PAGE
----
I’m writing this post because it’s something I want to move beyond. I don’t want to feel anxiety because I think people are judging me. One, I should not care if strangers are judging me. Two, I’ve had people tell me that they thought I was conceited or uptight because of my silence and shyness. So people are making judgments regardless of the fact that I don’t talk so obviously my tactic isn’t working so well. Three, I hate the feeling of anxiety. And finally, I just want to be able to make friends as easily as other people seem to. This is my first step towards living with my social anxiety in a healthier way. Wish me luck.

Sometimes You Just Have To Say “I’m Sorry”

IMG_0980I have never been good at saying sorry. Not because I don’t think I’m ever wrong. Often times I will know I’m wrong. But saying “I’m sorry” out loud is acknowledging to OTHERS that I’m wrong. That is difficult and embarrassing and hard. Despite that, people who want healthy relationships need to learn how to say sorry.

I like to hold grudges. Or I used to. I held onto my anger and let it control my actions. This is just not a healthy way of dealing with problems especially in a romantic relationship because relationships require communication. My punishment of choice is the opposite of communication: the silent treatment. And I never liked to admit when I was wrong.

Saying sorry in a relationship is important, though. It allows for healthy dialogue to take place. I am very proud of the way that I have learned that saying sorry isn’t showing weakness rather it shows strength and a willingness to work through problems rather than casting them aside and hoping they get better by ignoring them (this NEVER works, by the way). It’s a sign of maturity.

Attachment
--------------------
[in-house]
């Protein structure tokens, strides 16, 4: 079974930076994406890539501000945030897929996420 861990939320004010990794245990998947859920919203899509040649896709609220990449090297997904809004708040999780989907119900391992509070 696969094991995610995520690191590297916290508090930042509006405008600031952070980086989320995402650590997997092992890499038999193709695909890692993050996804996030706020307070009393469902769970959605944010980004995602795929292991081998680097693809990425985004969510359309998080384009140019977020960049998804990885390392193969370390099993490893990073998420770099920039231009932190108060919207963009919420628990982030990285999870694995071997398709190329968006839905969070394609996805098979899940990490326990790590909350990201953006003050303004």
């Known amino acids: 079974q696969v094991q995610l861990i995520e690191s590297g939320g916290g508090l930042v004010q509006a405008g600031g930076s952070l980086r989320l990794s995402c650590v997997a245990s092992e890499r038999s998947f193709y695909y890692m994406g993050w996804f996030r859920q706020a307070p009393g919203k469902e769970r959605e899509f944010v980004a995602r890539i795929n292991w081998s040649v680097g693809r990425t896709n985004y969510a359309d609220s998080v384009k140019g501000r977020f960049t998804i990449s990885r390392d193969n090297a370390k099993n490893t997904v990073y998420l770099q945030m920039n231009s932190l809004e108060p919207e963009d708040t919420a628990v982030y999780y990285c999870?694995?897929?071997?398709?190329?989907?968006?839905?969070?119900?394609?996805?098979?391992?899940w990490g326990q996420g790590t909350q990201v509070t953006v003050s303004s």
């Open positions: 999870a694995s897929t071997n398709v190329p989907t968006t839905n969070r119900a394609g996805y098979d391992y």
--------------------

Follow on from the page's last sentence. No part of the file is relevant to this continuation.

We need to make a conscious decision to say sorry more often. Mistakes need to be tolerated because no one is perfect. All relationships, in fact, are imperfect. And this is why “I’m sorry” is so vital. It may take a while before you are able to recognize that you aren’t being tolerant enough of your partner and their faults. But it should always be a goal to talk things out, let it go, and say I’m sorry.

I’m learning, and I still have a long way to go. Avery, stick with me. And I promise to do the same with you.

Irresponsible Pet Owners

Avery and I live in a dog friendly apartment complex. Something we absolutely love. They don’t have breed restrictions or weight restrictions which is absolutely amazing when taking into consideration the condition of the complex (it’s not rundown or super old, which is a problem we kept running into when looking for dog-friendly communities). We love were we live.

With that said, there is a growing problem. Dog poop. Knowing you live in a dog-friendly apartment complex does not give you the right to allow your dogs to poop wherever and then NOT PICK IT UP! WHAT THE HECK?! (I’m particularly passionate about this because I accidentally stepped in one of these surprises a few days ago.) If you own a dog, and live in an apartment, pick up after your animal! It’s not fair to everyone else that: one, doesn’t have a dog and two, does have dogs and are responsible enough to pick up their dog’s poop.